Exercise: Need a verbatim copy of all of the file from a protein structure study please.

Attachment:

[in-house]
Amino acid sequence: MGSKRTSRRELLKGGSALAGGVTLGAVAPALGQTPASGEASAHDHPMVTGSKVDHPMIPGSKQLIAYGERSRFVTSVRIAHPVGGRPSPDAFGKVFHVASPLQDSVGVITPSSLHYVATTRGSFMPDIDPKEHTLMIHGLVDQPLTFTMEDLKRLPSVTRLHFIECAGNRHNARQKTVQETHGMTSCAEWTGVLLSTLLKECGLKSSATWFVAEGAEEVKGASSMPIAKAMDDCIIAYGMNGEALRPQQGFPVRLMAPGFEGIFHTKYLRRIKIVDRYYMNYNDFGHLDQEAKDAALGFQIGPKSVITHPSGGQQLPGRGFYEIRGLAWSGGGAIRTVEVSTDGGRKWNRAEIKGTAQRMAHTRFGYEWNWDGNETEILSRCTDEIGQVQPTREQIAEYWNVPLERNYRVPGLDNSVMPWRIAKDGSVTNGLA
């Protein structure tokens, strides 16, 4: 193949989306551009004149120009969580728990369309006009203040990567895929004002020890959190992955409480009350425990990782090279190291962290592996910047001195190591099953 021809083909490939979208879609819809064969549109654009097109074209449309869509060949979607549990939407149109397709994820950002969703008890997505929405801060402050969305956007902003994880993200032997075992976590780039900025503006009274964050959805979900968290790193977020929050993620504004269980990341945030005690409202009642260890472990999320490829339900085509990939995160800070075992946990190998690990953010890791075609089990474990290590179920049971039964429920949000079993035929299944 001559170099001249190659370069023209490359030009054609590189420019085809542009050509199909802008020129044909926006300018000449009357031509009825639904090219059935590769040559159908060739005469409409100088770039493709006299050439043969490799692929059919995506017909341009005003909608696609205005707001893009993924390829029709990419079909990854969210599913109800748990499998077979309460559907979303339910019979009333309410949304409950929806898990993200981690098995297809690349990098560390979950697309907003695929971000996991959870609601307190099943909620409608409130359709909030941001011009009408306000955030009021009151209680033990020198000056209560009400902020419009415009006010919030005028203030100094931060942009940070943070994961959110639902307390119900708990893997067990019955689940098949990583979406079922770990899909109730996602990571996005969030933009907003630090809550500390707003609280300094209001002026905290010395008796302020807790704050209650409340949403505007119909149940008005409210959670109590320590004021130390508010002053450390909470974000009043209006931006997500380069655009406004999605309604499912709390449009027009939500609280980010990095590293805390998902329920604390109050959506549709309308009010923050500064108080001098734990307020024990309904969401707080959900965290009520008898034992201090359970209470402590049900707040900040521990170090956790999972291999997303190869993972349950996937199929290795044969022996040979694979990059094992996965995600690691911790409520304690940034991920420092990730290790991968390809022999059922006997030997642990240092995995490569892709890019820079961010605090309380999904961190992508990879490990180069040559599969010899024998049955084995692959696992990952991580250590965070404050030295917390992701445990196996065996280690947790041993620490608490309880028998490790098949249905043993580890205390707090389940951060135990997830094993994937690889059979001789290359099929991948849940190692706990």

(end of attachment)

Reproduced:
[in-house]
Amino acid sequence: MGSKRTSRRELLKGGSALAGGVTLGAVAPALGQTPASGEASAHDHPMVTGSKVDHPMIPGSKQLIAYGERSRFVTSVRIAHPVGGRPSPDAFGKVFHVASPLQDSVGVITPSSLHYVATTRGSFMPDIDPKEHTLMIHGLVDQPLTFTMEDLKRLPSVTRLHFIECAGNRHNARQKTVQETHGMTSCAEWTGVLLSTLLKECGLKSSATWFVAEGAEEVKGASSMPIAKAMDDCIIAYGMNGEALRPQQGFPVRLMAPGFEGIFHTKYLRRIKIVDRYYMNYNDFGHLDQEAKDAALGFQIGPKSVITHPSGGQQLPGRGFYEIRGLAWSGGGAIRTVEVSTDGGRKWNRAEIKGTAQRMAHTRFGYEWNWDGNETEILSRCTDEIGQVQPTREQIAEYWNVPLERNYRVPGLDNSVMPWRIAKDGSVTNGLA
């Protein structure tokens, strides 16, 4: 193949989306551009004149120009969580728990369309006009203040990567895929004002020890959190992955409480009350425990990782090279190291962290592996910047001195190591099953 021809083909490939979208879609819809064969549109654009097109074209449309869509060949979607549990939407149109397709994820950002969703008890997505929405801060402050969305956007902003994880993200032997075992976590780039900025503006009274964050959805979900968290790193977020929050993620504004269980990341945030005690409202009642260890472990999320490829339900085509990939995160800070075992946990190998690990953010890791075609089990474990290590179920049971039964429920949000079993035929299944 001559170099001249190659370069023209490359030009054609590189420019085809542009050509199909802008020129044909926006300018000449009357031509009825639904090219059935590769040559159908060739005469409409100088770039493709006299050439043969490799692929059919995506017909341009005003909608696609205005707001893009993924390829029709990419079909990854969210599913109800748990499998077979309460559907979303339910019979009333309410949304409950929806898990993200981690098995297809690349990098560390979950697309907003695929971000996991959870609601307190099943909620409608409130359709909030941001011009009408306000955030009021009151209680033990020198000056209560009400902020419009415009006010919030005028203030100094931060942009940070943070994961959110639902307390119900708990893997067990019955689940098949990583979406079922770990899909109730996602990571996005969030933009907003630090809550500390707003609280300094209001002026905290010395008796302020807790704050209650409340949403505007119909149940008005409210959670109590320590004021130390508010002053450390909470974000009043209006931006997500380069655009406004999605309604499912709390449009027009939500609280980010990095590293805390998902329920604390109050959506549709309308009010923050500064108080001098734990307020024990309904969401707080959900965290009520008898034992201090359970209470402590049900707040900040521990170090956790999972291999997303190869993972349950996937199929290795044969022996040979694979990059094992996965995600690691911790409520304690940034991920420092990730290790991968390809022999059922006997030997642990240092995995490569892709890019820079961010605090309380999904961190992508990879490990180069040559599969010899024998049955084995692959696992990952991580250590965070404050030295917390992701445990196996065996280690947790041993620490608490309880028998490790098949249905043993580890205390707090389940951060135990997830094993994937690889059979001789290359099929991948849940190692706990």